The Mendocino Beacon

January 12, 2017

The Mendocino Beacon - Weekly newspaper published since 1877 with news, sports, obituaries and classifieds.

Issue link:

Contents of this Issue


Page 0 of 15

Like The Mendocino Beacon and stay in the loop on local news, sports and more. VISIT FACEBOOK.COM/ MENDOCINOBEACON LIKE US ON FACEBOOK Juried show at Art Center. Page A7 Hospital committee tackles OB issues. Page A10 INSIDE THIS WEEK By Julie Parker @mendocinobeacon on Twitter On Sunday, Jan. 8, a storm slammed the Mendocino Coast with gusts of wind reaching up- wards of 60 m.p.h., causing downed trees and outages leaving, at one point, nearly 4000 people without power along a wide area. By Wednesday morning the storm had passed, but hundreds of households in the area remained without electricity for the fourth day, many of them still with no estimated time of restoration. By PG&E's count, there were 350 households without power on the coast Wednesday morning — 118 in Mendocino, 36 in Little River, 27 in Albion and 16 in Caspar. Rainfall totals for the week in- cluded 5.08 inches in Mendocino, 4.74 inches in Caspar, 5.73 inches in Comptche, 4.9 inches in Little River and 6.58 inches on the Al- bion Ridge. The Albion Little River Fire De- partment received seven calls in- volving 15 firefighters across the entire fire district involving elec- trical hazard with trees and power lines down beginning at 7:23 a.m. and lasting well into the evening. The Comptche Fire Department advised there were no major flood- ing issues, and the strong winds did not hit that area. Due to the closure of Highway 128, there was the usual increased vehicle traffic through Comptche. The Elk Fire Department re- sponded to four storm-related calls, all involving downed trees blocking roadways, and three in- volving downed power lines. As of Monday afternoon, power was still out on most of Greenwood Ridge. The Mendocino Volunteer Fire Department received 15 calls, close together. "Our guys and gals worked very hard to help clear the roadways and mark electrical hazards, working with PG&E and county road service to do so," said Chief Ed O'Brien. Businesses like Harvest at Men- dosa's and the Little River Inn were prepared with generators. Reuben Alcala, service manager at Harvest at Mendosa's, indicated the store was extremely busy with custom- ers stocking on essentials, such as water, ice and batteries." Claudine Williams, lodging manager at Lit- tle River Inn, indicated a couple of trees fell on the golf course, and they lost a tree on an off-property site, but otherwise, the restaurant was open, and rooms are ready for lodgers. By the time a second storm hit just 48 hours later, PG&E had set up a base camp in Fort Bragg T he Mendocino Volunteer Fire Department sent out a mes- sage reminding people to not try and speak with firefighters STORM Storm slams coast; thousands without power in lingering outage By Julie Parker @mendocinobeacon on Twitter On Jan. 9 at 5:39 p.m., Joshua Hoefer, 38 years of age, was driving his 1997 Honda Accord northbound on State Route 1, just north of Albion. Driving at approximately 60 m.p.h., un- der wet conditions, he entered the sharp right hand curve just south of Dark Gulch. Heading southbound on SR-1 was 62-year-old Roberto Gloria, driving a 1996 Volvo 850, head- ing into the same curve. Driving with excessive speed under wet conditions, Hoefer continued straight into the curve, instead of turning into it, lost traction, and crossed the double yellow lines into the southbound lane. Gloria did not have time to react, and collided into the Honda. Both vehicles came to rest within the south- bound lane of SR-1. CHP was called to the scene. Both drivers were transported to Mendocino Coast District Hospital. ALBION Two-car collision Classified A13 Crossword ..... A13 Obituaries ....... A6 Opinion ............A4 Sports ............. A11 Weather .......... A3 INDEX By Julie Parker @mendocinobeacon on Twitter Beginning in 1993 with Pres- ident George H.W. Bush, each year the President of the United States declares Jan. 16 to be Religious Freedom Day and stresses its importance. In his 2016 proclamation, President Barrack Obama said "the United States stands for the protection of equal rights for all people to practice their faith freely, without fear or co- ercion, and as Americans, we understand that when people of all religions are accepted and are full and equal members of our society, we are all stronger and freer." On the occasion this year, we invited diverse regional faith groups to share their thoughts on religious freedom. "The coast is religiously and culturally diverse. It's an impor- tant part of being in a commu- nity that everyone be supported in worshiping in their own way. Different religious groups each rising helps the whole com- munity to thrive. If any group is threatened or belittled,it makes everyone less safe and less whole. Whether or not you are religious yourself, you ben- efit from a community and a country where people are free to practice their religions." Rabbi Margaret Holub Mendocino Coast Jewish Community "A keystone belief of our Prot- estant ancestors was the right FAITH The meanings of Religious Freedom Day COMMUNITY » PAGE A2 MCRPD boosts new mission ARTS » PAGE A7 FBCA at Preston Hall SPORTS » PAGE A11 Cards take two from AV THIS WEEK'S WEB BONUS Find us on Facebook By Julie Parker @mendocinobeacon on Twitter When schools need to make budgetary cutbacks, arts pro- grams are usually the first to go and Mendocino Schools were no exception. Over the past sev- eral years, the $772,726 raised by Mendocino Unified School Enrichment (MUSE) since 2001 have helped tremendously. Yet, sadly, even though the Men- docino Music Festival attracts visitors from around the coun- try, Mendocino's middle school has lacked an instrumental mu- sic program. That is about to change, due in part to the efforts of the Rev. Matthew Davis of Mendocino Presbyterian Church. "Mendocino K-8 has a great vo- cal program that my kids dearly love. But, instrumental music is a key to being human, I think," said Davis. Aware that hiring a full-time instructor was not a financial op- tion, Davis searched for creative ideas. "It was exciting," he said, "be- cause the school was open to hav- ing conversation partners." Davis also spoke with his father, a provost at the University of Ari- zona, who happened to be on the board of Lead Guitar, and he sug- gested contacting its co-founder, classical guitarist Brad Richter. EDUCATION 'Lead Guitar' brings music to K-8 school JULIE PARKER — BEACON PHOTO JODY STICKELS — CONTRIBUTED Neighbor Noah Gold stands on the bumper of Daniel Sutherland's truck, assessing the damage caused by a downed tree during recent storms. Rev. Matthew Davis stands next to a shipment of guitars for the new Lead Guitar music program at Mendocino K-8. FAITH » PAGE 16 MUSIC » PAGE 16 STORM » PAGE 16 » Thursday, January 12, 2017 75 CENTS FACEBOOK.COM/MENDOCINOBEACON Volume 139, issue 15 8 52659 03865 7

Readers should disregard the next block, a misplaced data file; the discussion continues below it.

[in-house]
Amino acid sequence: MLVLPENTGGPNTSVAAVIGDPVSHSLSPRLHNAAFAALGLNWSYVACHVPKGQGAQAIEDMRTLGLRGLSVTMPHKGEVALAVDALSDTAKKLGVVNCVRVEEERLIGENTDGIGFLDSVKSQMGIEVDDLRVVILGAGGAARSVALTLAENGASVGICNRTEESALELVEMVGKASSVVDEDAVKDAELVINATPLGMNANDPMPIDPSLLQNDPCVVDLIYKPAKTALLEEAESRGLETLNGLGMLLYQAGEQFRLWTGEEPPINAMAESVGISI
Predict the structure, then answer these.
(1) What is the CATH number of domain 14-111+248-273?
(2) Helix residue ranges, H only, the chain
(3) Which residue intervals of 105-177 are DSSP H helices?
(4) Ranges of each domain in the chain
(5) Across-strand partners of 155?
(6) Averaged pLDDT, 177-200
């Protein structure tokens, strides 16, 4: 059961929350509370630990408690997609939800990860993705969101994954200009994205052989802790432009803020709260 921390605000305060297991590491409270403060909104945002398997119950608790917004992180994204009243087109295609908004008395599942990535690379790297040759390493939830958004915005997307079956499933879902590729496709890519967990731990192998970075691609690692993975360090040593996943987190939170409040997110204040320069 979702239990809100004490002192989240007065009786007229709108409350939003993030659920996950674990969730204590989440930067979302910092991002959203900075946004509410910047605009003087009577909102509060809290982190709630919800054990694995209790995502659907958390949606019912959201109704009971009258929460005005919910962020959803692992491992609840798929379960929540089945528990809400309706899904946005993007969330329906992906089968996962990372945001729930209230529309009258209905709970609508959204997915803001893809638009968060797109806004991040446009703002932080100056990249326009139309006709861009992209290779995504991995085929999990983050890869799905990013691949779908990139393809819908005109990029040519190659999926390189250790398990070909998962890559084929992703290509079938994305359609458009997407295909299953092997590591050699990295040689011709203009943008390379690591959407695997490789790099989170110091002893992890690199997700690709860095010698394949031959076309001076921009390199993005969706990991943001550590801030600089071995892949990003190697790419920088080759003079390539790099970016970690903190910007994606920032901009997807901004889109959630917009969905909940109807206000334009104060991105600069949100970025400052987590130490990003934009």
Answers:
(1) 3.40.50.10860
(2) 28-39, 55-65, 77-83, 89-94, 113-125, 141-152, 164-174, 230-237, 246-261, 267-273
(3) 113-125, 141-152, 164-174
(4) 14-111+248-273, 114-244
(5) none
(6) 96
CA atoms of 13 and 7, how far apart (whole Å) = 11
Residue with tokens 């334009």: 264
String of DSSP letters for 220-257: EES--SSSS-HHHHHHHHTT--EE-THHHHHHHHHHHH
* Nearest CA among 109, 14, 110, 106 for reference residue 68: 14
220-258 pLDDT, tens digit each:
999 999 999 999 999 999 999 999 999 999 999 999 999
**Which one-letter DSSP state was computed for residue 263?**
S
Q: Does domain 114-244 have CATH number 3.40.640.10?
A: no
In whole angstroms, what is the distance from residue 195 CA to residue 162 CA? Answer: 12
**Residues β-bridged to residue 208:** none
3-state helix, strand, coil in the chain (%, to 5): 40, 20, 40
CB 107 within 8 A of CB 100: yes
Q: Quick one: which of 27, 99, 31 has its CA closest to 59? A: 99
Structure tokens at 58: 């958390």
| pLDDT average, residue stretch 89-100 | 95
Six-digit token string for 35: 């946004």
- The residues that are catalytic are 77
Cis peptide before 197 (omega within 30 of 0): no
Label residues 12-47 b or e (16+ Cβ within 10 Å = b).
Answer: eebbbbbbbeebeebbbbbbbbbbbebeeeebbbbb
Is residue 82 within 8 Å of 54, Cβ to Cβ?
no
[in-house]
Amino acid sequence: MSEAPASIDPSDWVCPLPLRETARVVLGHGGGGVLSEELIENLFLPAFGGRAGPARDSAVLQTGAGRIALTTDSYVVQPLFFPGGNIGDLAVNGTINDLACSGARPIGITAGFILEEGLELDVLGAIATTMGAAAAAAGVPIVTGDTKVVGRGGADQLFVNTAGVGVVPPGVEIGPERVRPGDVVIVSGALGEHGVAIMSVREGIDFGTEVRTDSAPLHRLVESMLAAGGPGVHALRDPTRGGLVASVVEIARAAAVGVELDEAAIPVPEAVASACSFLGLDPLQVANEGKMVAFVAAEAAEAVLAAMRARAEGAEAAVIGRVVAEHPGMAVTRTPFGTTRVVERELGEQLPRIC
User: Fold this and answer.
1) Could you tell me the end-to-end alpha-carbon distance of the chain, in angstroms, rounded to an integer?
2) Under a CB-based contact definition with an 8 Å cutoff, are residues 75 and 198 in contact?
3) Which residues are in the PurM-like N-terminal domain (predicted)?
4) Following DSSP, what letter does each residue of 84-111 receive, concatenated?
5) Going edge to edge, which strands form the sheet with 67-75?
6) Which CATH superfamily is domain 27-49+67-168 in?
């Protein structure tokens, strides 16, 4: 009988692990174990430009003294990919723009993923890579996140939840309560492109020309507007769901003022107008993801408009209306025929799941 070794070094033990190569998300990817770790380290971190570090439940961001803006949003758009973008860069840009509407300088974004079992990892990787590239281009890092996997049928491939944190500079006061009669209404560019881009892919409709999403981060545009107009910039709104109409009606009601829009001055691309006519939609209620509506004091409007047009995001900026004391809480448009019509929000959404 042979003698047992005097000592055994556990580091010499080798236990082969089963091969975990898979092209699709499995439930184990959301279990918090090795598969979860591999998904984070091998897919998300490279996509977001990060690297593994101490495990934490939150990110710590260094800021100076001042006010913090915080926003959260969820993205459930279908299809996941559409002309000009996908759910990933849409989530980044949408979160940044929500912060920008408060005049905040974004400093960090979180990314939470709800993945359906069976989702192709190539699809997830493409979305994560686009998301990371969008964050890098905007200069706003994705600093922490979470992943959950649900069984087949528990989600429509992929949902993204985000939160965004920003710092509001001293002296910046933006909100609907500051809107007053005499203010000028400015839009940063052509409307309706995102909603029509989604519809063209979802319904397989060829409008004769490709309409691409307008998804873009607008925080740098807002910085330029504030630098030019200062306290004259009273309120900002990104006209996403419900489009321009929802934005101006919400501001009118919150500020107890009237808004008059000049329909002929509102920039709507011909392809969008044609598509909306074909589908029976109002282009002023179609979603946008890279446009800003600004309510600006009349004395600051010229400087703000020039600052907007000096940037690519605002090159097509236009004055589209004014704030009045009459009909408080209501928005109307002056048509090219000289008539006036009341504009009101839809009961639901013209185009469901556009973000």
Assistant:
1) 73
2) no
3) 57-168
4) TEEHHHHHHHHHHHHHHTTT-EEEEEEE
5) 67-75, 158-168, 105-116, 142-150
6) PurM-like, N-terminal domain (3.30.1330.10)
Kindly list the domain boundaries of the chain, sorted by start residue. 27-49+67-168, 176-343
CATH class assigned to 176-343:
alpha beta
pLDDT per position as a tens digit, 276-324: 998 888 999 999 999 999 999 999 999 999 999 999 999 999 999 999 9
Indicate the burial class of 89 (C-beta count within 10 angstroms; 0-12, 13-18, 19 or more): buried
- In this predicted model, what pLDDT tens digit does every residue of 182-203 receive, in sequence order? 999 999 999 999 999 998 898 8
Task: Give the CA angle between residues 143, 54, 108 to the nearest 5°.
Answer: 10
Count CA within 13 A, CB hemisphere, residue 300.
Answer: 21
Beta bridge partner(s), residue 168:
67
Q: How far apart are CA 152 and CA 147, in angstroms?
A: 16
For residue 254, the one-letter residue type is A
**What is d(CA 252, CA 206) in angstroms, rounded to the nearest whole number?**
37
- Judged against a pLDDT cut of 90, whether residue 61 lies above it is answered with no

Articles in this issue

Links on this page

Archives of this issue

view archives of The Mendocino Beacon - January 12, 2017
The Mendocino Beacon
Enter your username and password below to login.

Don't have a username and password? Click "Subscribe Now" below to register.
Not currently a subscriber? SUBSCRIBE NOW!
Remember me
Forgot your username or password? click here